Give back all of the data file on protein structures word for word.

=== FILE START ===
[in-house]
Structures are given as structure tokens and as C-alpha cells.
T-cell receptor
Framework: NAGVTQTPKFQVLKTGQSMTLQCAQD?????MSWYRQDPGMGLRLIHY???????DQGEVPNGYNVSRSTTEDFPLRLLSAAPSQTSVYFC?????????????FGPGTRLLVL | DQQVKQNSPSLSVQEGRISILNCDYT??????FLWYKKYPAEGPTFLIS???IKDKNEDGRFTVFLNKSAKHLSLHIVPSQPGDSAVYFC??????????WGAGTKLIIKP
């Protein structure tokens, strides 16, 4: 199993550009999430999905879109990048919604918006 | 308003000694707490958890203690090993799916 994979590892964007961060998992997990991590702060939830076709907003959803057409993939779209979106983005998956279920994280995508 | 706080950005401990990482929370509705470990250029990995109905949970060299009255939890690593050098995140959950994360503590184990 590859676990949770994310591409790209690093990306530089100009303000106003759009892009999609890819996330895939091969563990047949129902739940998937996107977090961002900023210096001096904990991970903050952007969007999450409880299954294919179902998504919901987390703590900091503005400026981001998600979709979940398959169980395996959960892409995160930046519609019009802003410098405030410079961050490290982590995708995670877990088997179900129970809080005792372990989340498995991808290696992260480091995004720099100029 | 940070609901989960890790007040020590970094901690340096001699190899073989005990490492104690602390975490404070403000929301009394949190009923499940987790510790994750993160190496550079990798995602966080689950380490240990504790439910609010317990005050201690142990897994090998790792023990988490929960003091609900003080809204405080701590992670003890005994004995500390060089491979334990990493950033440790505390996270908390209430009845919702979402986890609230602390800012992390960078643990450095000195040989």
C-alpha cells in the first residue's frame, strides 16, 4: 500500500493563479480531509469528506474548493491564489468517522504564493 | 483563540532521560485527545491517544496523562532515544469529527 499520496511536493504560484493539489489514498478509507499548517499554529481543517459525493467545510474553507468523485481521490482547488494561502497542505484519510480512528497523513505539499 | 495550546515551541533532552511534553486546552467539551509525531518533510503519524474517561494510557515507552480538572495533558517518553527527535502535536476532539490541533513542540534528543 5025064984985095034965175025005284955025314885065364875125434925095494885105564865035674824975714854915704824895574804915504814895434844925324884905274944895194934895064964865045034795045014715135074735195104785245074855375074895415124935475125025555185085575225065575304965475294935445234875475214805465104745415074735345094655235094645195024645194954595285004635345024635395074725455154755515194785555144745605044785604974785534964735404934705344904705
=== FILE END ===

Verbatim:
[in-house]
Structures are given as structure tokens and as C-alpha cells.
T-cell receptor
Framework: NAGVTQTPKFQVLKTGQSMTLQCAQD?????MSWYRQDPGMGLRLIHY???????DQGEVPNGYNVSRSTTEDFPLRLLSAAPSQTSVYFC?????????????FGPGTRLLVL | DQQVKQNSPSLSVQEGRISILNCDYT??????FLWYKKYPAEGPTFLIS???IKDKNEDGRFTVFLNKSAKHLSLHIVPSQPGDSAVYFC??????????WGAGTKLIIKP
């Protein structure tokens, strides 16, 4: 199993550009999430999905879109990048919604918006 | 308003000694707490958890203690090993799916 994979590892964007961060998992997990991590702060939830076709907003959803057409993939779209979106983005998956279920994280995508 | 706080950005401990990482929370509705470990250029990995109905949970060299009255939890690593050098995140959950994360503590184990 590859676990949770994310591409790209690093990306530089100009303000106003759009892009999609890819996330895939091969563990047949129902739940998937996107977090961002900023210096001096904990991970903050952007969007999450409880299954294919179902998504919901987390703590900091503005400026981001998600979709979940398959169980395996959960892409995160930046519609019009802003410098405030410079961050490290982590995708995670877990088997179900129970809080005792372990989340498995991808290696992260480091995004720099100029 | 940070609901989960890790007040020590970094901690340096001699190899073989005990490492104690602390975490404070403000929301009394949190009923499940987790510790994750993160190496550079990798995602966080689950380490240990504790439910609010317990005050201690142990897994090998790792023990988490929960003091609900003080809204405080701590992670003890005994004995500390060089491979334990990493950033440790505390996270908390209430009845919702979402986890609230602390800012992390960078643990450095000195040989």
C-alpha cells in the first residue's frame, strides 16, 4: 500500500493563479480531509469528506474548493491564489468517522504564493 | 483563540532521560485527545491517544496523562532515544469529527 499520496511536493504560484493539489489514498478509507499548517499554529481543517459525493467545510474553507468523485481521490482547488494561502497542505484519510480512528497523513505539499 | 495550546515551541533532552511534553486546552467539551509525531518533510503519524474517561494510557515507552480538572495533558517518553527527535502535536476532539490541533513542540534528543 5025064984985095034965175025005284955025314885065364875125434925095494885105564865035674824975714854915704824895574804915504814895434844925324884905274944895194934895064964865045034795045014715135074735195104785245074855375074895415124935475125025555185085575225065575304965475294935445234875475214805465104745415074735345094655235094645195024645194954595285004635345024635395074725455154755515194785555144745605044785604974785534964735404934705344904705